Can the electricity generated only be used to drive motors on implements?
No, there are other benefits to be had inside the tractor. Electrically powered engine auxiliaries can be tucked away in convenient places, for instance putting the air-conditioning compressor under the seat.
Similarly, hooking up to a close-coupled machine such as a fertiliser spreader becomes far easier, with just two connectors for a simple plug-n-play system.
Who are the frontrunners in developing electric-based systems?
John Deere is leading the pack. It has now moved on from its ground-breaking 7430E and 7530E tractors of 2008 by announcing that a new electricity-generating tractor will go on sale this year in the form of its 6210RE model (pictured above, right).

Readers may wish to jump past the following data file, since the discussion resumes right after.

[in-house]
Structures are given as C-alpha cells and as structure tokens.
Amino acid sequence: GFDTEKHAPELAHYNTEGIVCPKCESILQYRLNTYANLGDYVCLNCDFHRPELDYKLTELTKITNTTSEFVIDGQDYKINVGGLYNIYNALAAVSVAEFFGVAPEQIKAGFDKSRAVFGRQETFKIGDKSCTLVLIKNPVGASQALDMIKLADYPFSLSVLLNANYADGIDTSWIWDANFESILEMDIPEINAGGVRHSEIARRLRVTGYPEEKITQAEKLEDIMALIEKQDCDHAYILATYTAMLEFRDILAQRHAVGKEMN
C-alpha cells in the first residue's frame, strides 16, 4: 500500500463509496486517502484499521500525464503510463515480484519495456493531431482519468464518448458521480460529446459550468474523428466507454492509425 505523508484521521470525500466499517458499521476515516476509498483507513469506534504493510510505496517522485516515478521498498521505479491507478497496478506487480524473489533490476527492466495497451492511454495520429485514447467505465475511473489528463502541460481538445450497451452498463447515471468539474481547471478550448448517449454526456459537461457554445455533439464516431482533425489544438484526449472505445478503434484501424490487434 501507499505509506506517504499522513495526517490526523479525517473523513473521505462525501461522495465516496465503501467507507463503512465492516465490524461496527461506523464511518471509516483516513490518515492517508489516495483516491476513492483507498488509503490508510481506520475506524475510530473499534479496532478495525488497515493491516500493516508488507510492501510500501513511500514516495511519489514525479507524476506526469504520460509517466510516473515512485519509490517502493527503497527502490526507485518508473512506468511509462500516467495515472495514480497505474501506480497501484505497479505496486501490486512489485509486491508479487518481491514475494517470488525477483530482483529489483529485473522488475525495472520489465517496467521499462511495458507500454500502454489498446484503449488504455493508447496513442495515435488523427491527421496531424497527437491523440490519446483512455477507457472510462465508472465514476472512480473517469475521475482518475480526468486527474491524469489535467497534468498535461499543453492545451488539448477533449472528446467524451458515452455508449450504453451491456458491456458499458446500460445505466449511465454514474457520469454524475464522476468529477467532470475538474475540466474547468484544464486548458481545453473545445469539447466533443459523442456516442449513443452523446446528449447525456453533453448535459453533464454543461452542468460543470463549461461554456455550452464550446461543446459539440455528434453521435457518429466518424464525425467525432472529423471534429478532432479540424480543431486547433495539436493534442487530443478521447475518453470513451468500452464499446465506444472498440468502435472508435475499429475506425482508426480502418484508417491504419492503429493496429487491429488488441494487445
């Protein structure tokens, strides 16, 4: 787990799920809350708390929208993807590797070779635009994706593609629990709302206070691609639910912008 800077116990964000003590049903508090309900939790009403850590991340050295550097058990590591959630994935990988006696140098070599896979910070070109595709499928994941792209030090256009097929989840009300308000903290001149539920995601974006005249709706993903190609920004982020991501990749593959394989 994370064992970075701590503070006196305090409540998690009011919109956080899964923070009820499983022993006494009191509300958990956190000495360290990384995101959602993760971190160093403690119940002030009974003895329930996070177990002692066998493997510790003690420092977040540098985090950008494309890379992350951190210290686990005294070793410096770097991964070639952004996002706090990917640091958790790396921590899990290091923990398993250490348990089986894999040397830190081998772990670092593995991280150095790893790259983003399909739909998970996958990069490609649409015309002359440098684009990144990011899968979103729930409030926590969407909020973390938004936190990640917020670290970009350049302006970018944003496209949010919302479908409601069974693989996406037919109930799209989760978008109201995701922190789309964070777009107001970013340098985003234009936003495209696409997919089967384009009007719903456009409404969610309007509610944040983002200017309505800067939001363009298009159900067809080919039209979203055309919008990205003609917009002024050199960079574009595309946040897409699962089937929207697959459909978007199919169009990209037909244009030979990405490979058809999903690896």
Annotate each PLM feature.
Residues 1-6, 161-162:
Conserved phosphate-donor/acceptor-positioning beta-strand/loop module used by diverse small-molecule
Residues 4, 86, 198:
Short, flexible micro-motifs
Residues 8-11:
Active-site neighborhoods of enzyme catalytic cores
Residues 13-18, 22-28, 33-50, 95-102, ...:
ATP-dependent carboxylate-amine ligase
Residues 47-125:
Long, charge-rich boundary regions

Belarus, meanwhile, impressed everyone back in 2009 with its 295hp tractor that generated 175kW of DC power, however details of how that project is progressing are unclear.
Same Deutz-Fahr is the latest tractor maker to join the front-runners. It is working alongside German gearbox builder ZF – which supplies 70% of SDF’s transmissions – to include a ZF Terra+ flywheel-mounted electric generator on its new 224hp Agrotron TTV 630.
The Agrotron provides two 400v AC sockets and one 230v AC socket, as well as 24v and 12v DC supplies. Capable of providing 50kW (68hp) of continuous power, the machine is currently undergoing testing.
Rigitrac’s EWD 120 diesel-electric tractor is probably still the most radical example of the genre. Developed in partnership with the Technical University of Dresden, the tractor’s 120hp Deutz engine is able to provide 85kW (115hp), which powers four wheel motors in the tractor’s hubs and is capable of 65kph.